Detector sheds light on breast cancer

March 28, 1997

THES reporters review the best of the papers from the Institute of Physics annual congress in Leeds

SAFER techniques for detecting breast cancer without using X-rays could go on trial as early as next year.

Physicists at the University of Hertfordshire are developing computer-based systems to analyse tissue using light alone.

The new method would involve strapping optical fibres onto patients to send in light and measuring the amount of light reflected back at different angles.

This information would be fed into a computer to show the state of the tissue and blood supply.

Current methods of taking body images depend on X-rays, which are expensive to administer and can be harmful.

The advantages in the system are that it does not involve harmful radiation, is relatively cheap and allows doctors to study the amount of oxygen present in tissue and blood.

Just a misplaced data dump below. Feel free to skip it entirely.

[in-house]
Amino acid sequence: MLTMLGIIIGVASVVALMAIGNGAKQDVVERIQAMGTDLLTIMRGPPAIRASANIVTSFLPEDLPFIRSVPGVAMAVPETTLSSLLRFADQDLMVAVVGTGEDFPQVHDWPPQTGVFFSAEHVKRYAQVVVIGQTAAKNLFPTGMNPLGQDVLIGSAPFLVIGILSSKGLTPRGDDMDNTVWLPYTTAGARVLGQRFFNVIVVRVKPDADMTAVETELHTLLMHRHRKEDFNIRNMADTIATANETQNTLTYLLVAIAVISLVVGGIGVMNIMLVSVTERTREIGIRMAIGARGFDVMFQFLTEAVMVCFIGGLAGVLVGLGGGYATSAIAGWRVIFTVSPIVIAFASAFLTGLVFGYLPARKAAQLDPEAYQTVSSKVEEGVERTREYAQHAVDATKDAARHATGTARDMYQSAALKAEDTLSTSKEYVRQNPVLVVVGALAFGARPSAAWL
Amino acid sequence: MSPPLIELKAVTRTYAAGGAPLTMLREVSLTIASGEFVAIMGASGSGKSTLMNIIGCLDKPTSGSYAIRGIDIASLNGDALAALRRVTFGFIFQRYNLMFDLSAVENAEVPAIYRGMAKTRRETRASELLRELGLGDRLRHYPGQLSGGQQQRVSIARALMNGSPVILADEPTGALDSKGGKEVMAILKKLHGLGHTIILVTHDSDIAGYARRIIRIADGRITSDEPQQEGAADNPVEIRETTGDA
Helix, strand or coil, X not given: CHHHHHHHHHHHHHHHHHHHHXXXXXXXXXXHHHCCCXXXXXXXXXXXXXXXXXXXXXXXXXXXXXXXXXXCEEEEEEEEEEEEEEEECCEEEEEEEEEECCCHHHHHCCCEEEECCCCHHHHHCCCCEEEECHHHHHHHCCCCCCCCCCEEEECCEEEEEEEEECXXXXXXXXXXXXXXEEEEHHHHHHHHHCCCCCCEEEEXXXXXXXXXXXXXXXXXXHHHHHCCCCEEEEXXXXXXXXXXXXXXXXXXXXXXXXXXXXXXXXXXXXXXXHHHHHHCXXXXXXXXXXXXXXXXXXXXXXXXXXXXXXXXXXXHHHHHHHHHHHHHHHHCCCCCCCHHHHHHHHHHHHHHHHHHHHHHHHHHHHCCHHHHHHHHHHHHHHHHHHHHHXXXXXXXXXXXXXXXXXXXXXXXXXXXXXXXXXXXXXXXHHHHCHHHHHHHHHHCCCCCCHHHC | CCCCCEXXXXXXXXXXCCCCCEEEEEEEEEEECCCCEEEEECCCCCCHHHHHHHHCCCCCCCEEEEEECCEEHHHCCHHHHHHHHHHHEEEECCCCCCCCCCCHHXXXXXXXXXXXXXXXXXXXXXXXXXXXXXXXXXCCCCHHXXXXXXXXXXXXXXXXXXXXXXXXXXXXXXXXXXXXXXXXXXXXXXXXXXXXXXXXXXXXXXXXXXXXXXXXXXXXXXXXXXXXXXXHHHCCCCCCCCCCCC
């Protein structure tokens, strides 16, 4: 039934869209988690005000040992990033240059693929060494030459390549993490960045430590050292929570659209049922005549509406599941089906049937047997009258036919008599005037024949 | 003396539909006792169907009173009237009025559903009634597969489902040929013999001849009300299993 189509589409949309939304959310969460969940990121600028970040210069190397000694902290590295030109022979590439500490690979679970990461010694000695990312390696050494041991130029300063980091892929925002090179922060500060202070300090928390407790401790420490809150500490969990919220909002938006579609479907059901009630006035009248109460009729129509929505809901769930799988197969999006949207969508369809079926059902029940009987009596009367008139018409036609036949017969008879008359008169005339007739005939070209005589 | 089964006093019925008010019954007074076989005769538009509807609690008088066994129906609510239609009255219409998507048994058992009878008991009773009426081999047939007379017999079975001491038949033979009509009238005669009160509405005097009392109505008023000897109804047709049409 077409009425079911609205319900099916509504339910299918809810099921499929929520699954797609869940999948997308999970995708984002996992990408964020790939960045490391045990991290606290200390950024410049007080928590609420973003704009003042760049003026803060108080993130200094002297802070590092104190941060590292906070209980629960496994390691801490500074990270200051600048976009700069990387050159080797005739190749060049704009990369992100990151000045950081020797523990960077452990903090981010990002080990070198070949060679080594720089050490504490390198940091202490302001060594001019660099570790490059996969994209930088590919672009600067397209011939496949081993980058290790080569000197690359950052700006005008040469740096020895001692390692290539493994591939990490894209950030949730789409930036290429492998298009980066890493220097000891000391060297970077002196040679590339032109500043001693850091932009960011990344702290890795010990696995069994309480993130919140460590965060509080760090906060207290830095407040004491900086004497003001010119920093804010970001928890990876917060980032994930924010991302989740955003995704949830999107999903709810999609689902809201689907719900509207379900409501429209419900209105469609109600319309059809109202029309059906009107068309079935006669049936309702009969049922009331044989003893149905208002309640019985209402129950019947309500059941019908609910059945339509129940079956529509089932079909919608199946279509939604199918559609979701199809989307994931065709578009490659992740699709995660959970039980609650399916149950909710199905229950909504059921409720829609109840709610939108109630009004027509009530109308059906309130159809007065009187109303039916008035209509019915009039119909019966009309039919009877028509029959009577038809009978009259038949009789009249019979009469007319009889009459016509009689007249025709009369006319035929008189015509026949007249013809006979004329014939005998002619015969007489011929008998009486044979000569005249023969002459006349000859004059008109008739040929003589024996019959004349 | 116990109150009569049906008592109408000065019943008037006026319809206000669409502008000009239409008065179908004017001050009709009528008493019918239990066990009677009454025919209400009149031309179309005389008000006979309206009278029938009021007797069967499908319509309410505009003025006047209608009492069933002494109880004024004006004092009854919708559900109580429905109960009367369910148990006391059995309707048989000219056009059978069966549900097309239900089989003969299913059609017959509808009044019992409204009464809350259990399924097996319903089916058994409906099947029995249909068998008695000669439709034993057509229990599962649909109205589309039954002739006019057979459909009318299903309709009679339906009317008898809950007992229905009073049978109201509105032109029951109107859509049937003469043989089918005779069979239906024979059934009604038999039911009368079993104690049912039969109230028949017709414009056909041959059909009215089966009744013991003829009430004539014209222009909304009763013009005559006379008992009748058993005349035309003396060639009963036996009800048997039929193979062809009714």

While light scatters more than X-rays and therefore cannot give such a clear picture, the information it gives on oxygenation is a more valuable indicator of how efficiently the body is functioning.

Pieter Van der Zee, senior lecturer in physics at Hertfordshire, said clinical trials could start within a year.

The techniques will be useful in screening cancers, detecting gangrenous tissue and for studying the brains of new-born babies.

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